The First King of Hollywood: Douglas Fairbanks

Douglas Fairbanks Sr. Writes the Adventure Movie Hero Rulebook in "The Thief of Bagdad"

“The Three-dollar movie is a reality!” Thus proclaimed the New York Herald on September 24, 1915, the morning after the newly-formed Triangle Corporation presented its first high-priced screening of three films, one from each of its producers: D.W. Griffith, Thomas Ince and Mack Sennett. Triangle brought the movies out of the nickelodeons and into spaces normally reserved for stage productions, in the hopes that sophisticated theatre-goers could be lured to spend more than a small coin or two to see high-quality productions. Their hopes were realized from the outset, as this inaugural presentation at Manhattan’s Knickerbocker Theatre drew a high-powered crowd including William Randolph Hearst. The highlight of the evening was the screen debut of 32-year-old stage comedian Douglas Fairbanks, playing The Lamb, a wealthy good-for-nothing thrust into heroic adventure out West.

Mystery of the Leaping Fish

Bounding immediately to stardom, Fairbanks helped change moviegoing from a lowbrow diversion into respectable entertainment. His smiling persona, his prodigious athleticism and his collaborative creativity made him the ideal pitchman for an untapped middle class motion picture audience. The dozen films he made for Triangle over the next year followed or subverted the formula laid out in The Lamb with variations in the eccentricities of his character. In His Picture In the Papers he’s reluctant vegetarian. In Flirting With Fate he’s a comically suicidal painter. His furthest outlier was The Mystery of the Leaping Fish, a Sherlock Holmes spoof with a story so odd it’s dismissively framed as the actor’s own rejected movie pitch. (In fact it was written by Tod Browning during a hospital stay.) Fairbanks plays a detective literally hopped up on hard drugs, who tries to break up a smuggling ring using inflatable beach toys.

One character in The Mystery of the Leaping Fish sleeps on a pile of wadded-up banknotes. Perhaps ‘Doug’, as by now his fans simply called him, was commenting on his own mounting wealth. If so, he knew that his Triangle employers were getting far richer on his back. In 1917 he escaped his contract and founded his own production company. Two years and thirteen films later, he’d follow this by co-founding United Artists distribution corporation with Griffith, Charlie Chaplin, and Fairbanks’ soon-to-be wife Mary Pickford. All through this period, Doug stuck with what he knew his audiences loved: contemporary comedies that grew increasingly polished and elaborate.  When The Clouds Roll By is perhaps the apotheosis of the idiom. A riff on psychoanalysis, its show-stopping dream sequence features gravity-defying special effects that prefigure Royal Wedding and Inception.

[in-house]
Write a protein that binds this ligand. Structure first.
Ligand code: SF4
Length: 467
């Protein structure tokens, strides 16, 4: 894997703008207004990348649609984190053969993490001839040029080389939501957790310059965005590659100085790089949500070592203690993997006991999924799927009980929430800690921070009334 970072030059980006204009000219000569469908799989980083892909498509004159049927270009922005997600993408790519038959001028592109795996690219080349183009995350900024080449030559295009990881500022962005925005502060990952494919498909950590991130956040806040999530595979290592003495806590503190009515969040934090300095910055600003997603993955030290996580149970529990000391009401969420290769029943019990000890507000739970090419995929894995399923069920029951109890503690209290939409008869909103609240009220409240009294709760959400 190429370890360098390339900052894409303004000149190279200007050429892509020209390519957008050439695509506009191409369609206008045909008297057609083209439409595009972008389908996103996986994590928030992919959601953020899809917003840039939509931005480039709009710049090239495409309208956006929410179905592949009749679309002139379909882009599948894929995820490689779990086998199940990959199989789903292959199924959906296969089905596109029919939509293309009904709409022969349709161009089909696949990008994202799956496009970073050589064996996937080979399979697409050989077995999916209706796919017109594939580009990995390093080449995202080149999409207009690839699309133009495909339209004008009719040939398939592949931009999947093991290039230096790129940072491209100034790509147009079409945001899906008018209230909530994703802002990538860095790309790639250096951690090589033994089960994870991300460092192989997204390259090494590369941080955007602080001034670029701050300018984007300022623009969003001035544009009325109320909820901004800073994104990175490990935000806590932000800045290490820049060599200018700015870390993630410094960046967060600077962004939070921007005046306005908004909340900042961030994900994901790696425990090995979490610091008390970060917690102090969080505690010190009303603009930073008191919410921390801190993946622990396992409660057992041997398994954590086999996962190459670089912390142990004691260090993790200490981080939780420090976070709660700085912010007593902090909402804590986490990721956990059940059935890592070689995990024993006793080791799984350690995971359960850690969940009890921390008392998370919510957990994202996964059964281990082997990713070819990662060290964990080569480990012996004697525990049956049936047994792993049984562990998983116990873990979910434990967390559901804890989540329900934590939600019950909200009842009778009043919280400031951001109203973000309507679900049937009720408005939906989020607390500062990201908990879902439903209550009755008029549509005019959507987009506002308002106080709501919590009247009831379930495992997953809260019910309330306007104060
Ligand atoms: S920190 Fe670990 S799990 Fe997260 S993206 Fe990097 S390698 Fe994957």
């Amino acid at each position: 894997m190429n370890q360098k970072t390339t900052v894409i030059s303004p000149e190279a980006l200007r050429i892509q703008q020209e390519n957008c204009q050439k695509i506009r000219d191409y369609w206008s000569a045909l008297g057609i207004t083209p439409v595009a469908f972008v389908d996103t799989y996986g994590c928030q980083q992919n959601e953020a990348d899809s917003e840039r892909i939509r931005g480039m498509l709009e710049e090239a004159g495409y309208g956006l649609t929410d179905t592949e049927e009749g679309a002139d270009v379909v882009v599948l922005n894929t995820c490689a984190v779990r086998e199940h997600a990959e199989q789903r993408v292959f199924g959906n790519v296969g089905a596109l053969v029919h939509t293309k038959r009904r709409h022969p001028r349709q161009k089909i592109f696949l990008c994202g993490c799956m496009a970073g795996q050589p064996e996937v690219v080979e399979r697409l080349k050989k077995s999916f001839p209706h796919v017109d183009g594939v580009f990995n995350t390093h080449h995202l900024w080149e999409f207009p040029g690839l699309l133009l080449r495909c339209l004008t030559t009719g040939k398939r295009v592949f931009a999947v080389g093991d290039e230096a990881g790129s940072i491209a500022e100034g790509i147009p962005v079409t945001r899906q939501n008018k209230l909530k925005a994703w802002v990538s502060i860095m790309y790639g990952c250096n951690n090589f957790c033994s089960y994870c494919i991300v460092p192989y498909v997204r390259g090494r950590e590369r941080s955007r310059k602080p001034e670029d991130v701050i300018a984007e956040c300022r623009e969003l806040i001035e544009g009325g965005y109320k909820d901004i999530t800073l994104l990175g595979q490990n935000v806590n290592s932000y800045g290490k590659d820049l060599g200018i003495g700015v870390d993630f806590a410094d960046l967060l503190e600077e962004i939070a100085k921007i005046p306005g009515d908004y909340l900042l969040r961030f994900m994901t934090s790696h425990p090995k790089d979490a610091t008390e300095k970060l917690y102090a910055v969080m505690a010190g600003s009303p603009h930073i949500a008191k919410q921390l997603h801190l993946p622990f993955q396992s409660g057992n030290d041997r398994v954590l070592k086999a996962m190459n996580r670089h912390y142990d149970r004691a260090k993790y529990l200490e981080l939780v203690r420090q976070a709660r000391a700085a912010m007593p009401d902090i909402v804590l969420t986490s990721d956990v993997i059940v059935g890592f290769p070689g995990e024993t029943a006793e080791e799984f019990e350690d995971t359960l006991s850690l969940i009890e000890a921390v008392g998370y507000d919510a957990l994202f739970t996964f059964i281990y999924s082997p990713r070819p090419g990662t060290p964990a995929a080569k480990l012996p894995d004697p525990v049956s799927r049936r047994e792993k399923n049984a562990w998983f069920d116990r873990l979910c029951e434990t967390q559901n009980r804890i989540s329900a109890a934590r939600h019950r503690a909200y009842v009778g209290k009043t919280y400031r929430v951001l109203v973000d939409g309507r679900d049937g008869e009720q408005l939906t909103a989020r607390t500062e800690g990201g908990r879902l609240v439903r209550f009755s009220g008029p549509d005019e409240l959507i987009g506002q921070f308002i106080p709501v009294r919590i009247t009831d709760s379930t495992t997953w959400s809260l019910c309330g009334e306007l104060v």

While on their honeymoon to Europe, Pickford read Jonathan McCulley’s The Curse of Capistrano, featuring a masked vigilante named Zorro. This was a perfect opportunity for the Fairbanksian hero to inhabit a new setting. That is, an old setting new to him: Alta California just after the Mexican War of Independence. The Mark Of Zorro would be largely faithful to McCulley’s original magazine serial, but would stress the character’s secret identity and introduce a new element: his ‘calling card’ of three sword slashes shaped to a ‘Z’. All subsequent interpretations of Zorro (including McCulley’s later stories) would utilize Fairbanks’s innovations. Even Bob Kane admitted he was inspired by the Fairbanks Zorro when creating his Batman character in 1939.


The Mark of Zorro was a huge hit in the United States, but for the first time in Fairbanks’s career one of his films was just as popular abroad. Doug’s foreseeable future would be the mythologized past. His acrobatic interactions with the modern world had made for delightful comedy, but when transposed to another time period, they seemed simply heroic- though no less delightful.  The Three Musketeers, Robin Hood, and The Thief of Bagdad (from Scheherazade’s Arabian Nights) were each more spectacularly staged than the last, but perhaps his best films were his final two silents: The Gaucho, an Argentina-set fable much darker than his other swashbucklers, and The Iron Mask, his last real success. Talkies made the big action hero seem somehow obsolete for a while. By the time Errol Flynn took up the mantle with Captain Blood in 1935, Fairbanks had already made his final picture, The Private Life of Don Juan. He’d be dead of a heart attack before the decade was over. But he’d forever be remembered by the many millions the world over who ever saw him in motion.

Originally published July 12, 2011.


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